Michigan’s Most Endangered Species

Poweshiek Skipperling

Wilder Side of Oakland County

Beautiful and Rare, Springfield Township discusses an endangered butterfly, pictured above by CMU Research Assistant Michael Belitz.

“Springfield Township’s Shiawassee Basin Preserve, known for protecting one of the highest quality prairie fen wetlands in Michigan, is also one of the last places on earth to sustain a critically endangered butterfly known as the Poweshiek Skipperling. The Poweshiek Skipperling is a small (<1.25” wingspan) butterfly that depends on high quality prairie habitats like our fen for its survival. Until recently, the Poweshiek was one of the most common prairie butterflies in North America, being found in many states and provinces from the Great Plains region to the Midwest, but around 2005 the population began a mysterious decline in abundance. Today, there are less than five hundred individuals occurring in only a handful of locations across their former range.”

The largest known population of the Poweshiek Skipperling in the world is found amidst a tranquil and secluded patch of protected prairie fen. The prairie fen was formed after the last retreating glacier sculpted our landscape some 10,000 years ago. It’s right here on the wilder side of Oakland County and is perhaps the very last stronghold for this species on Planet Earth. The Michigan State University Extension Service describes prairie fens.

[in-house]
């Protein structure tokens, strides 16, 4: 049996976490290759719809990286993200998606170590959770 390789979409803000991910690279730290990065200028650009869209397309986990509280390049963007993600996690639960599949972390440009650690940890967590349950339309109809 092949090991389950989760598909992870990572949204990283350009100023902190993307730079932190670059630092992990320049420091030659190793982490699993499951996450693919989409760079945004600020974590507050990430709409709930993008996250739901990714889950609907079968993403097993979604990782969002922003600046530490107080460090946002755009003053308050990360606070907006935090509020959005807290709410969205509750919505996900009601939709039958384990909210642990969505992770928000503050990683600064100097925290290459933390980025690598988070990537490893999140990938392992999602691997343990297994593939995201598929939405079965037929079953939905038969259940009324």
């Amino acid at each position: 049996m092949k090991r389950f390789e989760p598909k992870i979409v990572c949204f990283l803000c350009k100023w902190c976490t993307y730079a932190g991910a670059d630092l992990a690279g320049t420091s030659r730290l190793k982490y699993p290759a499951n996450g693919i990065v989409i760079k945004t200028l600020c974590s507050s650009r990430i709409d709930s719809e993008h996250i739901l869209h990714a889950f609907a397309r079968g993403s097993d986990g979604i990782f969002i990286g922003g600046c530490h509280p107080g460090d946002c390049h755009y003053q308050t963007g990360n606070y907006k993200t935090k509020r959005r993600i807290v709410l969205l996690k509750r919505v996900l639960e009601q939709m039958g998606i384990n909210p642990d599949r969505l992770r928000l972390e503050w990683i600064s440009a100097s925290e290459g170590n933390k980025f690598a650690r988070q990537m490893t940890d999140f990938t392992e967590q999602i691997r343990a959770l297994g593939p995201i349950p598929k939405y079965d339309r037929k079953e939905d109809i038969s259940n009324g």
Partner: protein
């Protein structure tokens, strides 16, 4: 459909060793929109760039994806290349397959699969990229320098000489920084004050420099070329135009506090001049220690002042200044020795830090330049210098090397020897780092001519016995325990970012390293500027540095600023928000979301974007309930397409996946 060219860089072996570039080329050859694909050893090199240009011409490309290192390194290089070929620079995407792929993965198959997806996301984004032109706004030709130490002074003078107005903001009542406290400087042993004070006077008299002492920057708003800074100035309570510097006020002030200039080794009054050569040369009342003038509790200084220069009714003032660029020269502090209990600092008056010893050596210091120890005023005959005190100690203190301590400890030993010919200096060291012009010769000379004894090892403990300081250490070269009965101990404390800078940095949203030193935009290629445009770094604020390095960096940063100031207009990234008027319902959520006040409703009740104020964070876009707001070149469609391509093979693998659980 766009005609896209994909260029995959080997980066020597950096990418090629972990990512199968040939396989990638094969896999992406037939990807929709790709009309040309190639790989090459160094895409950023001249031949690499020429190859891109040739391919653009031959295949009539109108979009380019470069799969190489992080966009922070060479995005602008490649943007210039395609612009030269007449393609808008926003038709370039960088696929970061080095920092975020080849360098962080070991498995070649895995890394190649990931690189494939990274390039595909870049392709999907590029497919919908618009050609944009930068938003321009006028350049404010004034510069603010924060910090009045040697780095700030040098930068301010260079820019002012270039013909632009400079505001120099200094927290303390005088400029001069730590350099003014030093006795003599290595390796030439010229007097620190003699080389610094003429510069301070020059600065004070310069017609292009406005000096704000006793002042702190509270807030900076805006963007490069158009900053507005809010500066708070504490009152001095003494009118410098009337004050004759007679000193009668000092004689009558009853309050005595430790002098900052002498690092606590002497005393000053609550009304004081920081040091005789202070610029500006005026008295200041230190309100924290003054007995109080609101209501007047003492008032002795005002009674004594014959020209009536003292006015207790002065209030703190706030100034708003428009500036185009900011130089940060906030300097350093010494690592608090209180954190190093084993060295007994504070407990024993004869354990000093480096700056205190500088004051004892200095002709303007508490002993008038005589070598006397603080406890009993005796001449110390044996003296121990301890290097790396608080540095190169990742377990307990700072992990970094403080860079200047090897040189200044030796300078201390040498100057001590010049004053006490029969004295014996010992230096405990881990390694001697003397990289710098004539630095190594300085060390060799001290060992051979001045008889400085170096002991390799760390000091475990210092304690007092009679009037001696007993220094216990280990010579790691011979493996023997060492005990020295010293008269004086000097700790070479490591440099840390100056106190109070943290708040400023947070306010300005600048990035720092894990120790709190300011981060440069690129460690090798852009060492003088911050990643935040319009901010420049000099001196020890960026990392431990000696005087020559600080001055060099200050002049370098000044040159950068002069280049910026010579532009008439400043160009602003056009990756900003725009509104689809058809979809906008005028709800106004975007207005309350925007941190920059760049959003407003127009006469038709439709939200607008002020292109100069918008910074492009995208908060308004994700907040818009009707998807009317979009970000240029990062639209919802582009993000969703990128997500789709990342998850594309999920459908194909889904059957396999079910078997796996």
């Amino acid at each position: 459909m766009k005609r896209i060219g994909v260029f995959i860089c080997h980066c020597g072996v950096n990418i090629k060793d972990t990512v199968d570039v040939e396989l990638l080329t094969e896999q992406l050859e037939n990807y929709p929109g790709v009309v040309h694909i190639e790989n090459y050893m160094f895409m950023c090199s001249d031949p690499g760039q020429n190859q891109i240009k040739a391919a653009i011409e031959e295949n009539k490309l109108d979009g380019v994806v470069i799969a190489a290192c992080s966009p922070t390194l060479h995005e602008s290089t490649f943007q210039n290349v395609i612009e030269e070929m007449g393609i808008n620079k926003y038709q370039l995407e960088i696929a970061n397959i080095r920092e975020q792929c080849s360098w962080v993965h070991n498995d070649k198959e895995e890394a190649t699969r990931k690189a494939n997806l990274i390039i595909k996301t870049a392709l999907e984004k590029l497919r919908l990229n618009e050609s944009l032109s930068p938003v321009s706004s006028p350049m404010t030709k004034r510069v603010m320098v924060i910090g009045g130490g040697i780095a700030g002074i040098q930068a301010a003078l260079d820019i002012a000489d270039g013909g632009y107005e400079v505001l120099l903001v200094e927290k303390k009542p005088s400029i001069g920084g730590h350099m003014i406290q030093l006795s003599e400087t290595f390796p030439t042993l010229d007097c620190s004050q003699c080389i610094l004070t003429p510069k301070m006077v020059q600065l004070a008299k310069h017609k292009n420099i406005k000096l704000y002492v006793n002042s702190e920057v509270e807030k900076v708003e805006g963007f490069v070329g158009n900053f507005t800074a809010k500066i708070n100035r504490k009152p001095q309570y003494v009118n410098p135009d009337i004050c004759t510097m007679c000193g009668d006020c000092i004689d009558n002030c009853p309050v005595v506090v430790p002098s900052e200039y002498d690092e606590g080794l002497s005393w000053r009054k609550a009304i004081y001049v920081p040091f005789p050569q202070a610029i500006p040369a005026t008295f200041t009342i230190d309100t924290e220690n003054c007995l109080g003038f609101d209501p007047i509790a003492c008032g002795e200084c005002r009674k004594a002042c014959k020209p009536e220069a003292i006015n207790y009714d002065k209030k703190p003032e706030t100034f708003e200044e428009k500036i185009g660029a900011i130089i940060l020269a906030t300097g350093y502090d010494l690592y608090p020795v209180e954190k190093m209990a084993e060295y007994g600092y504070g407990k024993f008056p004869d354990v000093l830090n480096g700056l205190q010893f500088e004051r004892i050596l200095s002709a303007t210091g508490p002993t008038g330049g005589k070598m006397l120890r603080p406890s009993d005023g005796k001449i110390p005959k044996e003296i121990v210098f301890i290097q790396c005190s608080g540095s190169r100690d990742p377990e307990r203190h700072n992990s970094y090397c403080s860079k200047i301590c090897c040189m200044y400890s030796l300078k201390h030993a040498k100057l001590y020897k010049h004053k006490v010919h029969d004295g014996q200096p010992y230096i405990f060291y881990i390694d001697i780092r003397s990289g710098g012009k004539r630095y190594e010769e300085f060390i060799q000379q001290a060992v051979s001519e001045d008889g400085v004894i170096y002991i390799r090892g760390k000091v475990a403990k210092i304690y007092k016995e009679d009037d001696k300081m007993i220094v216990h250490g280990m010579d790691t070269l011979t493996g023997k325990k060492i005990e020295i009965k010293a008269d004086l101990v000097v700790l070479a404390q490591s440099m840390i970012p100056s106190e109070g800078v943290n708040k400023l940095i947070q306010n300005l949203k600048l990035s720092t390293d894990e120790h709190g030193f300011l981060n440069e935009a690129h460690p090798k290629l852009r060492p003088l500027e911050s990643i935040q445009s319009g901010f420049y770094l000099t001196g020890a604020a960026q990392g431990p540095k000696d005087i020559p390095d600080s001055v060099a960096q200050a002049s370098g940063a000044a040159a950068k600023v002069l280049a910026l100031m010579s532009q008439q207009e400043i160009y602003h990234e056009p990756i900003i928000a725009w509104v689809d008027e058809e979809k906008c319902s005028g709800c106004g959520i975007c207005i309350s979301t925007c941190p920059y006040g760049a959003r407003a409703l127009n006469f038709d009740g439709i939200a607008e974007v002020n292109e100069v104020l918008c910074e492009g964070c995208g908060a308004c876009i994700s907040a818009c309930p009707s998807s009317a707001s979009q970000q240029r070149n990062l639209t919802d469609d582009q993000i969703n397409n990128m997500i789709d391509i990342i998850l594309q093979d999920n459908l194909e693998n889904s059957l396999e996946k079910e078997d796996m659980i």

“Nestled within wet depressions among the rolling hills of southern Lower Michigan, prairie fen wetlands are one of Michigan’s biological treasures. These globally rare wetlands are dominated by sedges and grasses and provide habitat to hundreds of native plants and animals. In addition to being incredibly rich in biological diversity, prairie fens form the pristine headwaters of many of the region’s rivers and lakes.”